public readonly Expression<Func<Customer, decimal>> AccountValueExpression = c => c.Holdings.Sum(h => h.Quantity * h.Stock.Price);

You would write:

var customers = ctx.Customers
  .AsExpressionProjectable()
  .Select(c => new
  {
    AccountValue = AccountValueExpression.Project<decimal>()
  });

Notice the extra call to .AsExpressionProjectable(), which prepares the query for projection and sets up a scan for all instances of the .Project<T>() extension method. Once found, the library swaps the appropriate Expression in for the assignment at runtime.

Linq.Translations

Damien Guard, David Fowler, and Colin Meek has done something similar in a much more generic way. Their Linq.Translations library was first described in a blog post on Damien's blog. The idea is that you set up an Expression-like variable that can be used within the computed property. Then when you write a query, you can just use the computed property without worrying about the Expression at all. The only extra thing you need is to make a final call to .WithTranslations() in the LINQ query to convert all the computed properties to their Expression equivalents. In usage, it would look something like this:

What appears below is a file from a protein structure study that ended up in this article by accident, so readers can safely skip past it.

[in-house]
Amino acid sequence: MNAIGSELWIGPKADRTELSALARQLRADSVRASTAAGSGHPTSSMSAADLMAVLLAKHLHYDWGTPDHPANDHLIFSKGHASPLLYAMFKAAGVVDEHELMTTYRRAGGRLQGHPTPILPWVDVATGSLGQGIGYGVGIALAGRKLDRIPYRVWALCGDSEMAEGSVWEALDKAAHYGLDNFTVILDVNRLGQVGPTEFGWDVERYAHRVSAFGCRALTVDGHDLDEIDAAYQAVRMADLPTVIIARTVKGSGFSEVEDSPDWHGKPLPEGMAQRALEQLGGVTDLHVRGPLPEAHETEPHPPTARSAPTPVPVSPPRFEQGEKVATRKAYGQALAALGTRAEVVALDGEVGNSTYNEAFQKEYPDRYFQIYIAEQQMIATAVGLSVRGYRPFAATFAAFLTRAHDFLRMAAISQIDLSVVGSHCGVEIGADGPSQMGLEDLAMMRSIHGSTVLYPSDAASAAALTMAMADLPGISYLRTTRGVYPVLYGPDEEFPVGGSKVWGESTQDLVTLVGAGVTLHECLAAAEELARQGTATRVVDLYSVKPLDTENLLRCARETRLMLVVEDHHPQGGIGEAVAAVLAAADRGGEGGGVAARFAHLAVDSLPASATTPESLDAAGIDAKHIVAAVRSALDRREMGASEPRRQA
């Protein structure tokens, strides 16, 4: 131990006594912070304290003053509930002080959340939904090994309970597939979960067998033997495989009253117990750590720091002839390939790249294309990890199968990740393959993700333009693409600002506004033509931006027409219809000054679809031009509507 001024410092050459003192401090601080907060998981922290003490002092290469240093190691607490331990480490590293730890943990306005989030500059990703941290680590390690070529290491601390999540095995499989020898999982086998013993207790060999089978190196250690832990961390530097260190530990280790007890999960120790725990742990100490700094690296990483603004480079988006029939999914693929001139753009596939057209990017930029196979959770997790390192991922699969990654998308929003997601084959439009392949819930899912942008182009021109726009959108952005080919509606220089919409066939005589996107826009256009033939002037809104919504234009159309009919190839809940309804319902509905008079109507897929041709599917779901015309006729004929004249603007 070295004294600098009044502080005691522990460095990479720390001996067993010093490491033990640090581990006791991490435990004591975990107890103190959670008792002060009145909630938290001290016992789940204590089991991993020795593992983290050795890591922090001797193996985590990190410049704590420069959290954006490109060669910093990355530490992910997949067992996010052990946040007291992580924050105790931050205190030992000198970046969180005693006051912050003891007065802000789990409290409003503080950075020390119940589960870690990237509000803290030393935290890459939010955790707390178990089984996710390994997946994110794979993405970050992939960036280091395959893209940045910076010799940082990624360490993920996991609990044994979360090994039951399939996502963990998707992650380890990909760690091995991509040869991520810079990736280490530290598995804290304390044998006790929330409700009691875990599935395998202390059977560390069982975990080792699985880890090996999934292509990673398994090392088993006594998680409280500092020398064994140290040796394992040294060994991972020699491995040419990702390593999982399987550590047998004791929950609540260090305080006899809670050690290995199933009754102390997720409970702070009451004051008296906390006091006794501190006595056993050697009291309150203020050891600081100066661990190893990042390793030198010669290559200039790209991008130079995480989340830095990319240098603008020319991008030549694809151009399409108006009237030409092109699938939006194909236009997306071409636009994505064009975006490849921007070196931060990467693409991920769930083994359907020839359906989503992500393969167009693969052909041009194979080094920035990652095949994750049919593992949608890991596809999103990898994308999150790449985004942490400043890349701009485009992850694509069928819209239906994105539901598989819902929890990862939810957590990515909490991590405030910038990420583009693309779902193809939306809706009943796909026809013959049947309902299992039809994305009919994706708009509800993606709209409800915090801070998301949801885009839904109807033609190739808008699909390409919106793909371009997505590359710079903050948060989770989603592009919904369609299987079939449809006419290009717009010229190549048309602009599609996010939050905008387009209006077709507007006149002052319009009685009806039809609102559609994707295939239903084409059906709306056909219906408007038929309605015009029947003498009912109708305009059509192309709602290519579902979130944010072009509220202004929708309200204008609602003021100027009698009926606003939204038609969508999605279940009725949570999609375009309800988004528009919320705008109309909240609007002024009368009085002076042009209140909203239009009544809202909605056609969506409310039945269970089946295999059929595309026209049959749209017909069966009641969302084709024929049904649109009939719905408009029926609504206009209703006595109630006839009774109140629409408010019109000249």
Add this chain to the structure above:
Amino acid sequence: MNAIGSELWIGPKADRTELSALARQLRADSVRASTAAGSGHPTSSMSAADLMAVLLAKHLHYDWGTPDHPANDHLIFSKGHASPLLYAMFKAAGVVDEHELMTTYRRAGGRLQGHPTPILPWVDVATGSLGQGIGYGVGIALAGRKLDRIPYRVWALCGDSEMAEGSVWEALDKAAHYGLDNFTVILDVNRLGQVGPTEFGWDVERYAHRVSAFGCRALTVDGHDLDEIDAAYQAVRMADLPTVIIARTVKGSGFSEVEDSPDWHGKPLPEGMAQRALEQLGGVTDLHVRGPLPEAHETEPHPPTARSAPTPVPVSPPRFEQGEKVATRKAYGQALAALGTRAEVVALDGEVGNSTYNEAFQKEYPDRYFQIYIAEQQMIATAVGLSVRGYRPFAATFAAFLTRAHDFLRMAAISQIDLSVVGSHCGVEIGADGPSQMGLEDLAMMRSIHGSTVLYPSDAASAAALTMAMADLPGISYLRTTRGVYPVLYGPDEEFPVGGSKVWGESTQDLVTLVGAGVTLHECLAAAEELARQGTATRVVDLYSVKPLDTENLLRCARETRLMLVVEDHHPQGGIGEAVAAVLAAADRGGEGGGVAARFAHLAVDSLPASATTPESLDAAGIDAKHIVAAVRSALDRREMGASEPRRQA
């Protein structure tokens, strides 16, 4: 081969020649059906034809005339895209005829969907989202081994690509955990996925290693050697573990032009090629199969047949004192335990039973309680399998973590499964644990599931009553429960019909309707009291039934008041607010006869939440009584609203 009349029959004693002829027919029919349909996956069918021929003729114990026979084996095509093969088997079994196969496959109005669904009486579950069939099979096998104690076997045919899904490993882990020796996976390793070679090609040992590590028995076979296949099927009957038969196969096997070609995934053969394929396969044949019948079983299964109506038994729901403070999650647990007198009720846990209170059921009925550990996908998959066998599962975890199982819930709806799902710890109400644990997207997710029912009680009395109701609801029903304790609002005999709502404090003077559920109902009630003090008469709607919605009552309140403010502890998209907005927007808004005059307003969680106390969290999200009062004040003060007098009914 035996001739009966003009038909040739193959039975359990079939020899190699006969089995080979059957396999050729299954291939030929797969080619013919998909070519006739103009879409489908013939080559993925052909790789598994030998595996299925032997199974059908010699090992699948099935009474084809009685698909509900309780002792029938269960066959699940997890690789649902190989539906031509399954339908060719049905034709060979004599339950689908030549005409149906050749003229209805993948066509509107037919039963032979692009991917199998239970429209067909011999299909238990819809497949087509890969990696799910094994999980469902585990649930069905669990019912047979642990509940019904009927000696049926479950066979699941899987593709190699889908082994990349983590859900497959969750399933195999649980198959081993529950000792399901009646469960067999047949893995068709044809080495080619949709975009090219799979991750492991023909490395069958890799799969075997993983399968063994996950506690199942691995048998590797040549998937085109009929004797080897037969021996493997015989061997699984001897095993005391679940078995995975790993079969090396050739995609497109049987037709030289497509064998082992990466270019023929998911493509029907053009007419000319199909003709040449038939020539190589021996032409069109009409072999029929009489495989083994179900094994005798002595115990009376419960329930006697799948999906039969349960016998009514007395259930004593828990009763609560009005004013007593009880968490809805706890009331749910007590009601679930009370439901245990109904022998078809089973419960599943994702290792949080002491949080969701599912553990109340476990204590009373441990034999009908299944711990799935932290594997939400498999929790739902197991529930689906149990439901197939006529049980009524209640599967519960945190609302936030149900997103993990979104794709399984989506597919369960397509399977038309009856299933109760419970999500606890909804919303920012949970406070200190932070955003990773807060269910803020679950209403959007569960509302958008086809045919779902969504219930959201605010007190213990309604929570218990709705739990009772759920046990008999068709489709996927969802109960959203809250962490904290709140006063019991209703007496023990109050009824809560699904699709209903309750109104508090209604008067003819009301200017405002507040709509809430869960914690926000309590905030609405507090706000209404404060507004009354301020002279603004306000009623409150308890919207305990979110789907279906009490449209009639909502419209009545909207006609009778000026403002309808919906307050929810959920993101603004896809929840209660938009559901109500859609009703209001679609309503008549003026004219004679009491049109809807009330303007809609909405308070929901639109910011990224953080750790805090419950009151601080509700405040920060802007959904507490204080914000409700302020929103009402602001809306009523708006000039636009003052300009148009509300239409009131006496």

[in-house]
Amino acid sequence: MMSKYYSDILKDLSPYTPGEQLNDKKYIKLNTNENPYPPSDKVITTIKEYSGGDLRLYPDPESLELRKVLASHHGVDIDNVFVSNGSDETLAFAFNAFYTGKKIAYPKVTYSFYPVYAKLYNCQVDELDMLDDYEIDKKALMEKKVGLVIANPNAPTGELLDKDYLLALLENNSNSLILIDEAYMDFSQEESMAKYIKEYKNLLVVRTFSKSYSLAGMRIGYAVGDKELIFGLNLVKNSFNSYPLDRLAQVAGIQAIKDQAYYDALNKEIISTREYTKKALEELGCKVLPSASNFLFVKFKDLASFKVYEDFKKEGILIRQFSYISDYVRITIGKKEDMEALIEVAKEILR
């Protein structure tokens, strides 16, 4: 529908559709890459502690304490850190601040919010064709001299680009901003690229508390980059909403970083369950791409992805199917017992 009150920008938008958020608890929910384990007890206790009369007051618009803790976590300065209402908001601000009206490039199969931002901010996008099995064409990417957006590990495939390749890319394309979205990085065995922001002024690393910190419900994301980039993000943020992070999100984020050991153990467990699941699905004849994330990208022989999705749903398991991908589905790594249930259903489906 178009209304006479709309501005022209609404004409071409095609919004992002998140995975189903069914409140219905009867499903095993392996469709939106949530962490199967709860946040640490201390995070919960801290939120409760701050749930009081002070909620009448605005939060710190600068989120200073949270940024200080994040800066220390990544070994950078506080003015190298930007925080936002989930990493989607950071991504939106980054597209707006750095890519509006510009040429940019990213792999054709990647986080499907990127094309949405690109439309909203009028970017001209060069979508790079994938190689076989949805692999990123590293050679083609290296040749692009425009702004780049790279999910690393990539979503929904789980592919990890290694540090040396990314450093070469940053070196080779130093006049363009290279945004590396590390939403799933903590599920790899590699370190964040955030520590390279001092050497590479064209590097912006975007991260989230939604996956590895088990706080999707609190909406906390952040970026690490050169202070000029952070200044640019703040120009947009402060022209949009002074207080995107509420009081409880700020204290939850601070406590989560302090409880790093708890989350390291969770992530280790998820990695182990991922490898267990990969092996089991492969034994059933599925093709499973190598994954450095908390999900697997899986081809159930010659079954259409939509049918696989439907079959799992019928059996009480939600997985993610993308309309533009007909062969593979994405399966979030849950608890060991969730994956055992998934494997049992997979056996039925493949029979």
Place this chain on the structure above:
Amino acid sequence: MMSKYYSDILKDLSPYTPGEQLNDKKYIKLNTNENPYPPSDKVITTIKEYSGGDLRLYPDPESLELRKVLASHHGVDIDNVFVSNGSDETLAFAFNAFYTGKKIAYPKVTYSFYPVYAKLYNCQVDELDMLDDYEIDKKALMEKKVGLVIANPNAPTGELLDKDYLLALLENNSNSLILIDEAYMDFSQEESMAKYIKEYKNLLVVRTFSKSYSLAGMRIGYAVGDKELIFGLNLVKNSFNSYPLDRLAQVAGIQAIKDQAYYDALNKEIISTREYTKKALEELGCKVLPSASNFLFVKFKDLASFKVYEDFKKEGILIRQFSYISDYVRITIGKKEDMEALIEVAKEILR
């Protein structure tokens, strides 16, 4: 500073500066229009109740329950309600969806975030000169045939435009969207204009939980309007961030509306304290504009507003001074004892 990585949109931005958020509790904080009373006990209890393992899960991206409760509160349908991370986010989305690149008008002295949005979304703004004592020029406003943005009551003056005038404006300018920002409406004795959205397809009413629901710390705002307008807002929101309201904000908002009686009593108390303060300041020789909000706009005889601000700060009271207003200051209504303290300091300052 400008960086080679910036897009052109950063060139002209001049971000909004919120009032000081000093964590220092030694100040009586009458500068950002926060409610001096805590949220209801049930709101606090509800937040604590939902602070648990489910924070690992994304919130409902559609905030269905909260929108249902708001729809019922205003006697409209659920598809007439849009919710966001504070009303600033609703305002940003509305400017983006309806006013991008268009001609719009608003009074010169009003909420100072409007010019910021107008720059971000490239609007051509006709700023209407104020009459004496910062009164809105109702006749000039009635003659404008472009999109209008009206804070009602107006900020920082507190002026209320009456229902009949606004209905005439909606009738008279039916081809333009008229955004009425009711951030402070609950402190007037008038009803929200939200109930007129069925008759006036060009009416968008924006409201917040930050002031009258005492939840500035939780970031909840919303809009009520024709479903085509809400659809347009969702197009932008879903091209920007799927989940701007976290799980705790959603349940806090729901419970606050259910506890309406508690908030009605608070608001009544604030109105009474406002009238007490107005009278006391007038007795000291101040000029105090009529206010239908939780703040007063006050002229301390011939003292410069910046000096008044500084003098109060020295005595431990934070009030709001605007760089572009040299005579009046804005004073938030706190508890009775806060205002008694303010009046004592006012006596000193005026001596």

public class Customer
{
  public string FirstName { get; set; }
  public string LastName { get; set; }

  private static readonly CompiledExpression<Customer, string> fullNameExpression
     = DefaultTranslationOf<Customer>.Property(e => e.FullName).Is(e => e.FirstName + " " + e.LastName);

  [NotMapped]
  public string FullName
  {
    get { return fullNameExpression.Evaluate(this); }
  }
}
var customers = ctx.Customers
  .Select(c => new
  {
    FullName = c.FullName
  })
  .WithTranslations();

While this is somewhat similar to the LINQ Expression Projection project, it trades complexity during definition for ease of use in queries.

DelegateDecompiler